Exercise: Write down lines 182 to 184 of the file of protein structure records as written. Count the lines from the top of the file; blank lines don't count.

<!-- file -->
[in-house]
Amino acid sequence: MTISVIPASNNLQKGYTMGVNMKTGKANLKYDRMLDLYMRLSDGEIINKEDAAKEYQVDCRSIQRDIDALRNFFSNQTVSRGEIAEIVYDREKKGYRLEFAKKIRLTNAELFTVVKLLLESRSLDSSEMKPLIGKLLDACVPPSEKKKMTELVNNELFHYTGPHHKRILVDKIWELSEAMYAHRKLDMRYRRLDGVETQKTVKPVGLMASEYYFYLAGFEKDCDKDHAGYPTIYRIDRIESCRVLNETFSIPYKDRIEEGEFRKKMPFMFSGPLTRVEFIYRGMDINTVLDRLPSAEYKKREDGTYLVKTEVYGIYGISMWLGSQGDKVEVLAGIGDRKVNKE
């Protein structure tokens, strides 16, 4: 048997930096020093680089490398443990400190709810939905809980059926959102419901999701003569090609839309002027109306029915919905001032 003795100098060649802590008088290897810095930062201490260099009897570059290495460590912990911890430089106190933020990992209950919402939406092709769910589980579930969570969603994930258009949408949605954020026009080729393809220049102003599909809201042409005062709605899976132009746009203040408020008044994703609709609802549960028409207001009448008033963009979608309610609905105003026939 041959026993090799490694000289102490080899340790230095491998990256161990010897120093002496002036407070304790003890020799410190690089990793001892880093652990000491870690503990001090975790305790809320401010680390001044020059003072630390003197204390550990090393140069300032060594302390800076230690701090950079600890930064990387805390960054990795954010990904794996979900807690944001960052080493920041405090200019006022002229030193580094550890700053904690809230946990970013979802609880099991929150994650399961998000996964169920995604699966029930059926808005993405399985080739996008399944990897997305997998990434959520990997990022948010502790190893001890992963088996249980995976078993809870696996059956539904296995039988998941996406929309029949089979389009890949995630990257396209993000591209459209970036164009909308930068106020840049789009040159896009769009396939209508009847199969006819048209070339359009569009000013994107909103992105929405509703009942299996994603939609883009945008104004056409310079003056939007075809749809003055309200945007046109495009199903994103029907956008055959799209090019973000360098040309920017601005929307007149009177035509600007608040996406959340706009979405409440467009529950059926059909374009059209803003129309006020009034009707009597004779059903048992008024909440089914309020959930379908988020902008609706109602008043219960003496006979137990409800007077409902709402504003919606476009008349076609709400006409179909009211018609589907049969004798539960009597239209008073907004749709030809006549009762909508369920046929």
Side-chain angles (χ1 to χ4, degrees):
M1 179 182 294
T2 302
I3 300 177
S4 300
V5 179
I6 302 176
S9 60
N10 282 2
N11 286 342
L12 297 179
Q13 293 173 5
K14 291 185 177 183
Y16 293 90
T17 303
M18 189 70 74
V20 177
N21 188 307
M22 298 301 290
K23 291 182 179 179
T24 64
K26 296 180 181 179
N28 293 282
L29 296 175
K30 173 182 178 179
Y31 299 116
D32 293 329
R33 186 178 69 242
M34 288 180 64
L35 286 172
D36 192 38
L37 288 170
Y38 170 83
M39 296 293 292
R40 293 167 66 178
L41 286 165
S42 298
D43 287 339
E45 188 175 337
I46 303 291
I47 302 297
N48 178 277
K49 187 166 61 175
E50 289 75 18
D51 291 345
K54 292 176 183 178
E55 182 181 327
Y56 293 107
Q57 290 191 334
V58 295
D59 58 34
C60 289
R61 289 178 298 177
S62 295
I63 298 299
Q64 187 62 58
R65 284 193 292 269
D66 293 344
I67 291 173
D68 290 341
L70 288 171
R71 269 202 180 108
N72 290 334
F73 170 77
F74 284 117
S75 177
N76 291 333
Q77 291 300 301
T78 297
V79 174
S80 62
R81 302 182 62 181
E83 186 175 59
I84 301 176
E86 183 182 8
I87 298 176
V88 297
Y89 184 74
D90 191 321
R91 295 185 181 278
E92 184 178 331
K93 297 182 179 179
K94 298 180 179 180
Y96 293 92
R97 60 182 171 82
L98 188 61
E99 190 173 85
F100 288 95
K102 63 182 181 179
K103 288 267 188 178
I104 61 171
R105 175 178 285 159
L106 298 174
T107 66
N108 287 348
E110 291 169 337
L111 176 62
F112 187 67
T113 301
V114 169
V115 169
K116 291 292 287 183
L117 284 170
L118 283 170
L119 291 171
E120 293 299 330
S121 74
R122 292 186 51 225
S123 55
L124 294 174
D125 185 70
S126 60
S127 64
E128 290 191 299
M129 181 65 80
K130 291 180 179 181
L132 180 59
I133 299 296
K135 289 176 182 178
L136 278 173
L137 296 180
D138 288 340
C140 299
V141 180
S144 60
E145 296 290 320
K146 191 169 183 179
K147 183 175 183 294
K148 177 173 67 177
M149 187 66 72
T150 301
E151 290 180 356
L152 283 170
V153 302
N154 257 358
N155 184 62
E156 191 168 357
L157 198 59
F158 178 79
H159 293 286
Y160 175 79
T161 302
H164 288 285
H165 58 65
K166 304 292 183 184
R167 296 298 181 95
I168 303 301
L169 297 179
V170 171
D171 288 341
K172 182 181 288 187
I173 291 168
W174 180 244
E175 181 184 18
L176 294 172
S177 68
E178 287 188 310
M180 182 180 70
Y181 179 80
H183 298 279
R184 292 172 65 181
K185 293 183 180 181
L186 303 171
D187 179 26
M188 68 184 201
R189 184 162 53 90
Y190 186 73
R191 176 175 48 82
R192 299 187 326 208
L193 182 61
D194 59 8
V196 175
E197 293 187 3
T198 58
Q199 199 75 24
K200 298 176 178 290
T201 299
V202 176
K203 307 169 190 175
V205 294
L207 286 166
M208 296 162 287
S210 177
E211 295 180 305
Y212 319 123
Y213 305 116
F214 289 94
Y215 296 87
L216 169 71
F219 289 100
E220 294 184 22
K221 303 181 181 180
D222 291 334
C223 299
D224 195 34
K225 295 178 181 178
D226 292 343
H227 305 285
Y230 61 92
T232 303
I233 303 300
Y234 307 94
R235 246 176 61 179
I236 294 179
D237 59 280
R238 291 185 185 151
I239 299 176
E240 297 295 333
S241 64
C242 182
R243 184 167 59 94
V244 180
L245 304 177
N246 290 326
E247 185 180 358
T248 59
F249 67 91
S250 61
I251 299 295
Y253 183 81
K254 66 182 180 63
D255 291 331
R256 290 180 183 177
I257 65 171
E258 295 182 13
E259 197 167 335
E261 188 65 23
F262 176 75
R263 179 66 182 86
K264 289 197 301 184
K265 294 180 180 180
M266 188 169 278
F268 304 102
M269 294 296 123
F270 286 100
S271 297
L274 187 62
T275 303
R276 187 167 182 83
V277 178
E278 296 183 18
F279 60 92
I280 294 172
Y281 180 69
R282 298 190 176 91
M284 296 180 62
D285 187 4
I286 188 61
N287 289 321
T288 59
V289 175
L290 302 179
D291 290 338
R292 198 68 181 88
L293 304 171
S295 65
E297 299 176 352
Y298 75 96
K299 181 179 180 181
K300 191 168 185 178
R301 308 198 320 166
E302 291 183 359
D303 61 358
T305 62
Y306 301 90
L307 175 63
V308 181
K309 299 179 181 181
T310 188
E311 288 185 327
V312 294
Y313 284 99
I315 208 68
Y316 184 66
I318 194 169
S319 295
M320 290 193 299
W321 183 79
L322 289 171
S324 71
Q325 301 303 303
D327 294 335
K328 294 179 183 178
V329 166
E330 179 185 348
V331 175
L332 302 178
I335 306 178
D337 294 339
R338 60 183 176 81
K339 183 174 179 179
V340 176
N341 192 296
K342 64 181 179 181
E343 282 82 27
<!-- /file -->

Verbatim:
K203 307 169 190 175
V205 294
L207 286 166